Q 3 || Was there anything that particularly surprised you about the path to becoming a working artist and having your work bought and showcased?

Yeah the most notable thing for me is hearing peoples reaction to my art. With it now reaching a wider audience I’m enjoying this aspect of it being showcased. Creating this art is a largely solitary process that really messes with your head at points! It’s a constant cycle of self critical evaluation at one end and mad excitement at the other. So when people connect with my art in some way, it means a great deal to hear their take on it and see how they have assigned their own meaning to it.

Q 4 || How often do you do commissioned pieces as opposed to personal projects? Do you ever find yourself without time for one or the other?

Commissioned work is not yet something I have done. However, now I have signed with Wishbone Publishing, this is now a possibility if someone was after that. My working life is constant case of plate spinning though, working as an artist, a graphic designer and director means I’m always finding I have limited time for at least one of those things. It’s a delicate balance but the variety is key to an interesting working life for me.

Q 5 || You stepped away from the career you had established to pursue solo work- what advice could you give to anyone trying to the same, whether it be in art or any other field?

As I say, I still work as a freelance creative in various fields so I haven’t stepped away from any careers as such. Really the biggest leap was the move into becoming entirely freelance in order to foster these various creative avenues all at once and enjoy the freedom of the variety. It’s easy to feel like you will get to a point where it will all get clear and you can make a lovely smooth transition between careers or becoming a freelancer etc. But it just doesn’t seem to work like that. I found that developing personal projects on the side, out of work hours, for your own enjoyment is the only way to switch roles like this. Over time, you acquire skills, the portfolio gets full and things happen. You essentially work two jobs for a bit, as long as it takes. Then there is a point when you realize your actually doing it but your not quite sure how or when it really ‘happened’.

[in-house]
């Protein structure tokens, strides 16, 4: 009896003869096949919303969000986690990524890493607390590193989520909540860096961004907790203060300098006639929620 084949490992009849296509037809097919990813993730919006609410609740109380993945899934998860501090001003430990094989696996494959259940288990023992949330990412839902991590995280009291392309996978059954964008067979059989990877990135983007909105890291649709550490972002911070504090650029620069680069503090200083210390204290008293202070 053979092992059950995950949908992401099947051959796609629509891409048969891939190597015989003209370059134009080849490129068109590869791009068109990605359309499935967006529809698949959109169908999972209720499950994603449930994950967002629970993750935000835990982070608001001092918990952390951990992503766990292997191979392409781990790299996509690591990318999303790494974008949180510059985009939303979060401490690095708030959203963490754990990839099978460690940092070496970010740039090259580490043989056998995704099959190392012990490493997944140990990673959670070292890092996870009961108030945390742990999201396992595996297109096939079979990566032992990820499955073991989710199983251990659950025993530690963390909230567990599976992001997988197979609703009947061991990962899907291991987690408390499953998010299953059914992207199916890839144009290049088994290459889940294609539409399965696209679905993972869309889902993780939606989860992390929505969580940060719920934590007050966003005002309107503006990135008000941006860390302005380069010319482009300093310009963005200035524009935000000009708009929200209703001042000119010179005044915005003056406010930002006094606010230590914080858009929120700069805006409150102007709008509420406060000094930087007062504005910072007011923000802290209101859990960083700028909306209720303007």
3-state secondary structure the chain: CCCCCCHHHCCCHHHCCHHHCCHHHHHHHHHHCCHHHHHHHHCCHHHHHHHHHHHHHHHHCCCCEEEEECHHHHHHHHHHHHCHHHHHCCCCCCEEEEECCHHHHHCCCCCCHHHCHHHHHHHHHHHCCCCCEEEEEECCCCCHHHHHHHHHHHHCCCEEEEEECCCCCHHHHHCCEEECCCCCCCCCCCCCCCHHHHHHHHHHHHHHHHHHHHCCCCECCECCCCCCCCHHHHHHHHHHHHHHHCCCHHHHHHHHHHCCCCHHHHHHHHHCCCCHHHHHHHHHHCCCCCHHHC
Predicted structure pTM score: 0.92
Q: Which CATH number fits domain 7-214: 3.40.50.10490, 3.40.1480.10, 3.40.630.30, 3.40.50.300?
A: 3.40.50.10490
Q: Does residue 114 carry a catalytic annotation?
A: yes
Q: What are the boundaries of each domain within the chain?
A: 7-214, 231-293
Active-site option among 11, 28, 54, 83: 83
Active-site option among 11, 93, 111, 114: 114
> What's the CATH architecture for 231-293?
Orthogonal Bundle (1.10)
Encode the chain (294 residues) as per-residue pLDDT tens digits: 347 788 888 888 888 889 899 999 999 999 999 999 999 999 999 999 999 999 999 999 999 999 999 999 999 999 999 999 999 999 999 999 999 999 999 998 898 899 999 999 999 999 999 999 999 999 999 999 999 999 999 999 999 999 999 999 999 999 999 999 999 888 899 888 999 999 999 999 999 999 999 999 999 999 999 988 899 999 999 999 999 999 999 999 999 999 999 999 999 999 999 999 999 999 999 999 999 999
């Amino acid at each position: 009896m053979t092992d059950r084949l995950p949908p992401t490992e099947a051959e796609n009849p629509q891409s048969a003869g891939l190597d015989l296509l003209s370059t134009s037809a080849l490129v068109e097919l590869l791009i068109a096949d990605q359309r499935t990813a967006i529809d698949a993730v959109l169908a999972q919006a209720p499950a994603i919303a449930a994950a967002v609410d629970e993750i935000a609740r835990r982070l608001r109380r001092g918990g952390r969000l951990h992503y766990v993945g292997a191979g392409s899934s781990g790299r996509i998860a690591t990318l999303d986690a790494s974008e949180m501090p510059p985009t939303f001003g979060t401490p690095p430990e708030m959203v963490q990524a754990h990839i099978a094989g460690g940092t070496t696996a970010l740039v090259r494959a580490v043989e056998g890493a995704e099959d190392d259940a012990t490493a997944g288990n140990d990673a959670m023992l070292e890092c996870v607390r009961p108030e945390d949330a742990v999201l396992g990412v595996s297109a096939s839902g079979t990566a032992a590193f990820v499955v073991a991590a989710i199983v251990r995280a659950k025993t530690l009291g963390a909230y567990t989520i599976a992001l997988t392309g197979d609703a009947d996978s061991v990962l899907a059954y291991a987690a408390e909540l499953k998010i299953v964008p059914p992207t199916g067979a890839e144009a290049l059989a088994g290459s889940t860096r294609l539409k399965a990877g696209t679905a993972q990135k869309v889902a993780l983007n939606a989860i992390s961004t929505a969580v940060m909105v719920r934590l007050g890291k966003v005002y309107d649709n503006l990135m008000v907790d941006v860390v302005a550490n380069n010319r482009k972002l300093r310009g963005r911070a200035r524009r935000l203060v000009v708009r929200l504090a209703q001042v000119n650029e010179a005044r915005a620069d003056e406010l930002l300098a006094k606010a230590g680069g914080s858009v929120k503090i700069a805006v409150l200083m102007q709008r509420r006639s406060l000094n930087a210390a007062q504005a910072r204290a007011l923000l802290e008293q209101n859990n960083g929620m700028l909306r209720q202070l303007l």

Q 6 || How would you, in your own words, describe the message that lies in the underwire of all your work? Is there a common core, or does each piece stand completely on its own?

Humor, freedom and sexy surrealism are themes I seem to find myself involved in mostly. But I see it as a constant work in progress and that reflects the development of myself as an artist and a person. As I develop, influences change and thoughts and feelings become something new. Life events influence opinions and feelings thoughts and emotions alter. It’s not always clear what exactly has altered so part of me looks at my art for an understanding of what that is. I like to have an element of humor in my work, that could be the most prevalent theme. That tends to manifest itself in many ways thought which can be surprising. Sometimes it’s sexy humor, other times it’s more grotesque. It’s hard to predict but it’s good fun.

Q 7 || And finally, do you have any projects or appearances coming up that you’re especially excited about?

My summer collection is launched on July 8th through my publisher Wishbone Art. This is my first collection with them so it’s really exciting. We’ve been working towards it for a few months now, there is a festival kind of event planned for the launch and various other artists showing originals and exclusive art so it’s lining up to be pretty mega. If you want see more about it all you can see the work in development on my Instagram or Facebook feeds.

[+] MR GO